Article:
In 1997, there was a nail bomb set off at the Otherside Lounge in Atlanta, Georgia. Five people ended up being wounded, and the bomber was Eric Rudolph. This man had pled guilty to the bombings at the Summer Olympics which were held in Atlanta that year. He stated that his reasoning for attacking the lesbian bar was to send a message of protest to Washington about their tolerance for the “homosexual political agenda.”
These nightlife incidents are not limited to the USA. At the DIY Club in Yerevan, Armenia in 2012, firebombing and swastika graffiti happened all in the same month. The owner, Armine Oganezova, stated that he was getting threats that indicated they (presumably his attackers) would kill him, burn him, and so forth.
In Moscow in 2014, the Central Station nightclub was forcibly closed after a series of attacks occurred. These included being sprayed with gas as well as bullets. The club did reopen, but in a new location and is now equipped with bulletproof glass.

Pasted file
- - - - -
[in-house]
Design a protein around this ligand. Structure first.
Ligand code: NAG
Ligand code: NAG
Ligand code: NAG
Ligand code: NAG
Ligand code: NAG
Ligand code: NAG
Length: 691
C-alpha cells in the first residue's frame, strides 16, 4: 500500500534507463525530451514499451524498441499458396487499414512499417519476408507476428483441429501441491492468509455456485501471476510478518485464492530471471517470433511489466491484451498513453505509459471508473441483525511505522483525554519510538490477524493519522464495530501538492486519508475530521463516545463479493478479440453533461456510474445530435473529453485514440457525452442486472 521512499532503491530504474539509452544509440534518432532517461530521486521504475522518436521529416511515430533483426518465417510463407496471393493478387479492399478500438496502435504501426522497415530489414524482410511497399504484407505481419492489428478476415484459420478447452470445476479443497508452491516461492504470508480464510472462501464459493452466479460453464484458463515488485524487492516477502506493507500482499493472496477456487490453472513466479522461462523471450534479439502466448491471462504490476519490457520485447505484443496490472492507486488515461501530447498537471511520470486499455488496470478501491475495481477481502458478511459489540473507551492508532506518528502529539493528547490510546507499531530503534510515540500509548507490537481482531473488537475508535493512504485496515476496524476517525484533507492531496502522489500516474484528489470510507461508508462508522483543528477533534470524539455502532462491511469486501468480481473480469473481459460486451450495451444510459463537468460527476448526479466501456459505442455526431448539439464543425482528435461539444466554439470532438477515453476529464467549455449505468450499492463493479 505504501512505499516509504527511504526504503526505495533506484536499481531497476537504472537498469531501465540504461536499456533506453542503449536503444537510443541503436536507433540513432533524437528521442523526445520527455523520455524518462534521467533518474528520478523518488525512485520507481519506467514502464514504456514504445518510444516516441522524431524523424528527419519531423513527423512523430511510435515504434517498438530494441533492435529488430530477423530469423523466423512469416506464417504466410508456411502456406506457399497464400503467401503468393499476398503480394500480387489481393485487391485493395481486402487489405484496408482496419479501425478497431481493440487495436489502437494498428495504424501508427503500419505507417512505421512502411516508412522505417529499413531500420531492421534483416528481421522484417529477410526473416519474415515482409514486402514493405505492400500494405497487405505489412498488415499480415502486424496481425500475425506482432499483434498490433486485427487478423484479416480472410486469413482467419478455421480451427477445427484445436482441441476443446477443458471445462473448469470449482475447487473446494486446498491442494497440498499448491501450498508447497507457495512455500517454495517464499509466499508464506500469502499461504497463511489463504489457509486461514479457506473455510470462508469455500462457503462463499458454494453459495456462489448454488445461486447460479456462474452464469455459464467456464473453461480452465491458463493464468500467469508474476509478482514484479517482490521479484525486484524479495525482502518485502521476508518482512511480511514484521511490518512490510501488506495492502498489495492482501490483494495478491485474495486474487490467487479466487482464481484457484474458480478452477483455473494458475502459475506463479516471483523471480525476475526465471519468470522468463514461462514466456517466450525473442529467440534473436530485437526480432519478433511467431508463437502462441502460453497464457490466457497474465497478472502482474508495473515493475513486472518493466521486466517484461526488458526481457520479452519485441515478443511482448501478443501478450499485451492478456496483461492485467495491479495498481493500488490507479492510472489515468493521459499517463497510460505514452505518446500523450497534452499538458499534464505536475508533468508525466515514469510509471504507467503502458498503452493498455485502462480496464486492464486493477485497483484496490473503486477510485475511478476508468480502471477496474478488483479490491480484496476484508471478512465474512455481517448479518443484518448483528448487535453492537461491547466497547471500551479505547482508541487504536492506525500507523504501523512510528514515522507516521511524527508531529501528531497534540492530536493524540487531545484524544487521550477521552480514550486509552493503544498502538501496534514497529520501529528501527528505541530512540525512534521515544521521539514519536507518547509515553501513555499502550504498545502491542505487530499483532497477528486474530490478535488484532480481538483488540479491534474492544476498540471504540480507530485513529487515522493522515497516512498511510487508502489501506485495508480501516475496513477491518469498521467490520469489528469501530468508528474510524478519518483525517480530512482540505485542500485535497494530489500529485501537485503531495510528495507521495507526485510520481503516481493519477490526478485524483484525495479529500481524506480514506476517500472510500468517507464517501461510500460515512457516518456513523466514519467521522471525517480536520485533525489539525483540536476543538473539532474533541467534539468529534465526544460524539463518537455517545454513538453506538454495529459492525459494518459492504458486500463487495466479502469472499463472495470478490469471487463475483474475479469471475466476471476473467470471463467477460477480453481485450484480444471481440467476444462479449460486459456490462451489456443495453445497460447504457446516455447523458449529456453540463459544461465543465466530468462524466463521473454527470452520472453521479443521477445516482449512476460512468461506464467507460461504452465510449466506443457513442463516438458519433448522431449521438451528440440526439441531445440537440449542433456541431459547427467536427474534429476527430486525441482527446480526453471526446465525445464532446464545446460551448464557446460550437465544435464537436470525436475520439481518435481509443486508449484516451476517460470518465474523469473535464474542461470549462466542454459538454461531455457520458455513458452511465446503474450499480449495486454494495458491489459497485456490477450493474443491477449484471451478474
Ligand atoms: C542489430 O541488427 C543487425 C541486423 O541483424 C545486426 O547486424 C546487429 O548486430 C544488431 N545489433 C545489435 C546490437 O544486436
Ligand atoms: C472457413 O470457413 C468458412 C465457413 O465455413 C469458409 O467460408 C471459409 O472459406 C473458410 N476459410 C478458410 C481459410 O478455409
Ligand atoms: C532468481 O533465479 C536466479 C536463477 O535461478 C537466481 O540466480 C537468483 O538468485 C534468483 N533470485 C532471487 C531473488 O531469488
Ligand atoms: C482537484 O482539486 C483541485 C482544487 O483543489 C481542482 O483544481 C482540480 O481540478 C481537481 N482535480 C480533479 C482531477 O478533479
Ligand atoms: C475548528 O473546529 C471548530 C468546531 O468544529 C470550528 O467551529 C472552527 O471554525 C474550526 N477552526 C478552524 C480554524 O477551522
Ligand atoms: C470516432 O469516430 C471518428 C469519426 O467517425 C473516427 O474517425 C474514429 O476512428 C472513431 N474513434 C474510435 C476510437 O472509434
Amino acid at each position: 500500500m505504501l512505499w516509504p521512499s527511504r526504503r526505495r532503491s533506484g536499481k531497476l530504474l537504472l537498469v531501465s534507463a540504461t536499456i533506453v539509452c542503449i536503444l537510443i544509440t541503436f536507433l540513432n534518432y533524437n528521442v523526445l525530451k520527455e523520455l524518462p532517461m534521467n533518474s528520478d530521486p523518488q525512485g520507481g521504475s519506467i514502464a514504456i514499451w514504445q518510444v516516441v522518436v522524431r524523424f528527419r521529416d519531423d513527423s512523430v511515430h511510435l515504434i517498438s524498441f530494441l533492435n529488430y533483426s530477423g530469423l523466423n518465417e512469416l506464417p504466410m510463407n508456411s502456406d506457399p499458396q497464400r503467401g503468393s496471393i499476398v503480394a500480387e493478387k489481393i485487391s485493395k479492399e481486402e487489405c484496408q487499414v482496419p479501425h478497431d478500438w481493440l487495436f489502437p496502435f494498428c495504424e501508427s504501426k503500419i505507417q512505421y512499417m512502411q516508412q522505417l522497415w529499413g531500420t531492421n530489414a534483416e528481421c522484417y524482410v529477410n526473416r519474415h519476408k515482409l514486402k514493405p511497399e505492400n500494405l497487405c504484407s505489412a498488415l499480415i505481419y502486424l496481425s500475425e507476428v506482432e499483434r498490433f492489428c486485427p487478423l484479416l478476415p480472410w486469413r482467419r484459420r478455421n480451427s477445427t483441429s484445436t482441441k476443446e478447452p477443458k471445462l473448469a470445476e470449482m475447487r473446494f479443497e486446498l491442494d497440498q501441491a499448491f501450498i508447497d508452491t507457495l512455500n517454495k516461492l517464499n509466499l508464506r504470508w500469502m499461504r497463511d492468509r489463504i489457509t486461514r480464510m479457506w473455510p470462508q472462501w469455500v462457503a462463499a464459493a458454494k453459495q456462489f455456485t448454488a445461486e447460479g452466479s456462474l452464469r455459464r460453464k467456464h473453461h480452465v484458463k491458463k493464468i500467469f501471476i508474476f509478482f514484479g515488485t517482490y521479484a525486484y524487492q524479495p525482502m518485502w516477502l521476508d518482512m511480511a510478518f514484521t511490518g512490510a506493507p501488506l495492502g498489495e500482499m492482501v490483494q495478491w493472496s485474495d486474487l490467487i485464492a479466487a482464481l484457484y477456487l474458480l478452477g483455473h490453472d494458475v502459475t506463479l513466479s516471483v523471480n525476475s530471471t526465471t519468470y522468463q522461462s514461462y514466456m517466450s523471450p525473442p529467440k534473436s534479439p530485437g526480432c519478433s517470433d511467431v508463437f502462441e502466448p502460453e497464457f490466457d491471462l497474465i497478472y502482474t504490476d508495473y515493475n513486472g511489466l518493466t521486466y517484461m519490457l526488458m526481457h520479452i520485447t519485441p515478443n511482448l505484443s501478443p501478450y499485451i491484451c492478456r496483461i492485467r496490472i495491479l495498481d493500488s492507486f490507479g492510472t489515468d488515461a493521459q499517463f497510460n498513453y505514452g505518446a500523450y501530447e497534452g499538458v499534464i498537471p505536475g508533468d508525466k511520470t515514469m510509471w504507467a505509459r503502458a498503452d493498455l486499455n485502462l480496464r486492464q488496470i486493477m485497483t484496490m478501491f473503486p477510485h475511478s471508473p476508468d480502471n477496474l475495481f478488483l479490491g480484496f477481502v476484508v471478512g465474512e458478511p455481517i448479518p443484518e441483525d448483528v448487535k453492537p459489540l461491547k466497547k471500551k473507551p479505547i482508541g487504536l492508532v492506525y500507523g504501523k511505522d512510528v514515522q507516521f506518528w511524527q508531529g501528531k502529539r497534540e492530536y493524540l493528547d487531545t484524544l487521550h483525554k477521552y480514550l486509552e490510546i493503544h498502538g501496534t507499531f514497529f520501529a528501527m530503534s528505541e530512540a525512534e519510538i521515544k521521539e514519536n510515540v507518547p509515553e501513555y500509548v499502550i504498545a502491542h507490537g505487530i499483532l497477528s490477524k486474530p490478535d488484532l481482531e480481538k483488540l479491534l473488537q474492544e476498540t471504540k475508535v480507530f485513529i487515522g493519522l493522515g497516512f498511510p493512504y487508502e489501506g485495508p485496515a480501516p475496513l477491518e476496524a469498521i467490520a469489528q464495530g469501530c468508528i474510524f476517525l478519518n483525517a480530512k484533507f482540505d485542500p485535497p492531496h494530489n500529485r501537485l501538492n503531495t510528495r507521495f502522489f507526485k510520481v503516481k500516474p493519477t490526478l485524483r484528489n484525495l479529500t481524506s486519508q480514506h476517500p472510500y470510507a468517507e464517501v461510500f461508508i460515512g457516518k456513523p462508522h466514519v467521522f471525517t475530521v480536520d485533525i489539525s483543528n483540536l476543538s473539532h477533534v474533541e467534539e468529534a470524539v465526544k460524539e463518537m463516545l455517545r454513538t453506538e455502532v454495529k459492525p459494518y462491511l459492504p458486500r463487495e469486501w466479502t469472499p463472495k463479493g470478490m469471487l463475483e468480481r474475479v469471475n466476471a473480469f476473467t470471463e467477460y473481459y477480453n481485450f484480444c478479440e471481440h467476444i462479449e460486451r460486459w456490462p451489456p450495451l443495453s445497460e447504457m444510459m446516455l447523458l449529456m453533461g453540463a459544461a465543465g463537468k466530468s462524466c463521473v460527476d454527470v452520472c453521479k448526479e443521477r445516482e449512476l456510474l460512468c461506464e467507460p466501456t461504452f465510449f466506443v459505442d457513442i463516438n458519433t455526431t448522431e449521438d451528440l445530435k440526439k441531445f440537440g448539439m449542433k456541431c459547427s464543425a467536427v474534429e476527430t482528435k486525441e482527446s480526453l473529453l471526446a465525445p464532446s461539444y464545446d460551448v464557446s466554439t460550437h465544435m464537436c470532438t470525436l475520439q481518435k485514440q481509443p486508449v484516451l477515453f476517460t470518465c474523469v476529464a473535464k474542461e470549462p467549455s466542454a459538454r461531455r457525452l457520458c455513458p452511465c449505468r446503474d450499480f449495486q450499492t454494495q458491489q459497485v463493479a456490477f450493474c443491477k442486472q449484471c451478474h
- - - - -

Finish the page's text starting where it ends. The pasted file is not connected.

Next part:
And in 2015, a gay pride parade in Jerusalem was turned from a prideful and fun event into a saddening and violent one. A very Orthodox Jewish man took out a knife and attacked six people and ended up killing one of them. This was ten years after the same man had attacked those who were participating in the very same parade in 2005.
Current LGBT Violence
Thankfully, many countries nowadays are LGBT friendly. Many modern nations like those in the EU and the USA all render homosexuality to be legal. But there are still many nations in which LGBT lifestyles are considered improper. For instance, Brazil has a high rate of homosexual LGBT violence. The murder rate is high. There have been 3196 cases over the course of 30 years, 1980 to 2009 in particular. In 2008, there were 190 homophobic murders that took place in Brazil. In contrast, there were only five such crimes in the USA in 2008, according to the FBI.
One huge offender in the USA that is known worldwide for perpetuating LGBT hate and violence is the Westboro Baptist Church.